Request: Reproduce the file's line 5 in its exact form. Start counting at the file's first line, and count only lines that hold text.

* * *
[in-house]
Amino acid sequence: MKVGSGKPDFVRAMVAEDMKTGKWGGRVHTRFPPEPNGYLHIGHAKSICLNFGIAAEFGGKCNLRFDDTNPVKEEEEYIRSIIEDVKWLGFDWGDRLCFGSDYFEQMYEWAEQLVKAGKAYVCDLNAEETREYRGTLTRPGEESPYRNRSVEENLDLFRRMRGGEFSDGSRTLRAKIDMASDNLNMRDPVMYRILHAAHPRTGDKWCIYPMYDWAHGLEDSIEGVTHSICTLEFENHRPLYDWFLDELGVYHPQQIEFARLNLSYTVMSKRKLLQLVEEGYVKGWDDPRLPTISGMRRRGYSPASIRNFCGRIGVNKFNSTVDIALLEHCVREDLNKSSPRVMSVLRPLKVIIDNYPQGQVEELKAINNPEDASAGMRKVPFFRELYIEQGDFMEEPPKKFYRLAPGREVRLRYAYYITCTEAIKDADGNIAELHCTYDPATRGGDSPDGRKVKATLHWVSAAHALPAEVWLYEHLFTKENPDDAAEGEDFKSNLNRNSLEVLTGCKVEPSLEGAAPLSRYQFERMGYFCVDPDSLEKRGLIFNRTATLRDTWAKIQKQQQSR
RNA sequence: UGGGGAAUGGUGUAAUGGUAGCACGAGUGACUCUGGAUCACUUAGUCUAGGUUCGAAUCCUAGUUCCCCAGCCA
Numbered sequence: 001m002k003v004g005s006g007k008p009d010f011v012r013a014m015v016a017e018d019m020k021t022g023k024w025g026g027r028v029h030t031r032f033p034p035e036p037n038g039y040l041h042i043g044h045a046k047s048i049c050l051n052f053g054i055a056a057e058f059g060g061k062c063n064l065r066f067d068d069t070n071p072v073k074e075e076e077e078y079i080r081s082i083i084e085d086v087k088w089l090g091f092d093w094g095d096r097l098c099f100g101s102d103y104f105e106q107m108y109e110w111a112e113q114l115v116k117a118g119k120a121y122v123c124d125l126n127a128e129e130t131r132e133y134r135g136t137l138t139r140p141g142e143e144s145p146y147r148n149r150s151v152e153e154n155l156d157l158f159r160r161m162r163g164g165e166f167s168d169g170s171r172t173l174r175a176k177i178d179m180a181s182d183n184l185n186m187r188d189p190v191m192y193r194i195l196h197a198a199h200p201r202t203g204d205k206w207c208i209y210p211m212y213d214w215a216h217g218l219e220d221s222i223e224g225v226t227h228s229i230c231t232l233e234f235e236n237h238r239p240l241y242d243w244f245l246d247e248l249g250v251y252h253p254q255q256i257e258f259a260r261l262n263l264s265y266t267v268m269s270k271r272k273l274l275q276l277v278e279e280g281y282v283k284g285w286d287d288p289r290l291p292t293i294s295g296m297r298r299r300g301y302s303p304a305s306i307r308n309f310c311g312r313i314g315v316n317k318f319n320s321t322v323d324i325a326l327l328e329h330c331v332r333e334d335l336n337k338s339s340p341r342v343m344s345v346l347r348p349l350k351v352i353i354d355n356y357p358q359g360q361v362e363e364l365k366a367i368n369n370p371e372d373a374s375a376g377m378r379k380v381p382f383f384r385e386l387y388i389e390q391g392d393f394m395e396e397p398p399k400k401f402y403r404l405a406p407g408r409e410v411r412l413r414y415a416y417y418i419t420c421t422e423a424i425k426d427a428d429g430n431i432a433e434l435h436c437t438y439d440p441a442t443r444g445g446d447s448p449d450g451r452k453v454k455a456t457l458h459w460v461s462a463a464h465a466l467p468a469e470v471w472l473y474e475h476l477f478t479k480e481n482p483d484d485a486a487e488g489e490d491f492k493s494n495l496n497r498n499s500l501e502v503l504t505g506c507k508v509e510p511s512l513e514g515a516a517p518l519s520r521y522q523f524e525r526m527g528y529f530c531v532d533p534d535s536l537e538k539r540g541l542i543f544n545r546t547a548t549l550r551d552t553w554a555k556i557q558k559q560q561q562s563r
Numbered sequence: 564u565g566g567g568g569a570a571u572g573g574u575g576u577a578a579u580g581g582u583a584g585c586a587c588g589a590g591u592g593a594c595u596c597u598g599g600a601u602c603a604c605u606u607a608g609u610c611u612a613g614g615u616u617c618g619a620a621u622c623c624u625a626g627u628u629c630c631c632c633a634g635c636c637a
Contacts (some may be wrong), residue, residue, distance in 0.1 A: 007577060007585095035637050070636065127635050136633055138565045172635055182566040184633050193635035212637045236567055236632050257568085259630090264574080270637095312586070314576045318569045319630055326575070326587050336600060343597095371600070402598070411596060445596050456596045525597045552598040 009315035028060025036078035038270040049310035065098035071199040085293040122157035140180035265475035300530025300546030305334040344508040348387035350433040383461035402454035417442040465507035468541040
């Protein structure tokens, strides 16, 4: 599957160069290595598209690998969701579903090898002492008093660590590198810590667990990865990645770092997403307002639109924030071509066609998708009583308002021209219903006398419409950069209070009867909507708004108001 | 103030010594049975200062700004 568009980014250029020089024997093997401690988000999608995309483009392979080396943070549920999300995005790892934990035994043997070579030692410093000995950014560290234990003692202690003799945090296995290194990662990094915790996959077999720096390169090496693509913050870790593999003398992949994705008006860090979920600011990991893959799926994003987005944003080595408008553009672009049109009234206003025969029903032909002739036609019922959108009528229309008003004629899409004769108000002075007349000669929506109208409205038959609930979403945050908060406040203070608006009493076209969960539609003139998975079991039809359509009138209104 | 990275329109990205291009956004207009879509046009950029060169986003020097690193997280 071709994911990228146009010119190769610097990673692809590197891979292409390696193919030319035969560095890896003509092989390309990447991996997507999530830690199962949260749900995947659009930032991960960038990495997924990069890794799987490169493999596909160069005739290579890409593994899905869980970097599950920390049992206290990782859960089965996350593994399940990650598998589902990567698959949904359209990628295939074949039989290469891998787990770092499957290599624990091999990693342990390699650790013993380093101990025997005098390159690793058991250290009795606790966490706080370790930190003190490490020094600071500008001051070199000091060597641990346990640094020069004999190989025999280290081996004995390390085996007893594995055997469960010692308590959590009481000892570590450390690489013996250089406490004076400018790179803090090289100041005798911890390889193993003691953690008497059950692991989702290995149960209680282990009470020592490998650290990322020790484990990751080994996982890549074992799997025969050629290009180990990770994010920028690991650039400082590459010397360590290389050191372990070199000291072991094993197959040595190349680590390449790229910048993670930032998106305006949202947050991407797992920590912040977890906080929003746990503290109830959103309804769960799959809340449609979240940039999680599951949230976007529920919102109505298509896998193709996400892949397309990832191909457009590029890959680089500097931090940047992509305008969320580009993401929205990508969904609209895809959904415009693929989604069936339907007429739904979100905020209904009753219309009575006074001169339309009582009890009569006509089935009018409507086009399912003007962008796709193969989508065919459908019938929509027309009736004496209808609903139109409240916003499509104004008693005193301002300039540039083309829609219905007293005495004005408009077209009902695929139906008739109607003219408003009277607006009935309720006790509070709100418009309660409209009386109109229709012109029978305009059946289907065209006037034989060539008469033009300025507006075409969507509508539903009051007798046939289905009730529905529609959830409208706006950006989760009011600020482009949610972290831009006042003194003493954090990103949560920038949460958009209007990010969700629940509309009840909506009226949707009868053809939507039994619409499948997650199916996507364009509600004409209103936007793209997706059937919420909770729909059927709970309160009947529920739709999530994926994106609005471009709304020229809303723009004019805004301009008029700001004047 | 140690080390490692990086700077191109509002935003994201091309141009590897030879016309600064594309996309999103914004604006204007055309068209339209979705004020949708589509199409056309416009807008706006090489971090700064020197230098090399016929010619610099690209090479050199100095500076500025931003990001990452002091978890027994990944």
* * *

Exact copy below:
Numbered sequence: 564u565g566g567g568g569a570a571u572g573g574u575g576u577a578a579u580g581g582u583a584g585c586a587c588g589a590g591u592g593a594c595u596c597u598g599g600a601u602c603a604c605u606u607a608g609u610c611u612a613g614g615u616u617c618g619a620a621u622c623c624u625a626g627u628u629c630c631c632c633a634g635c636c637a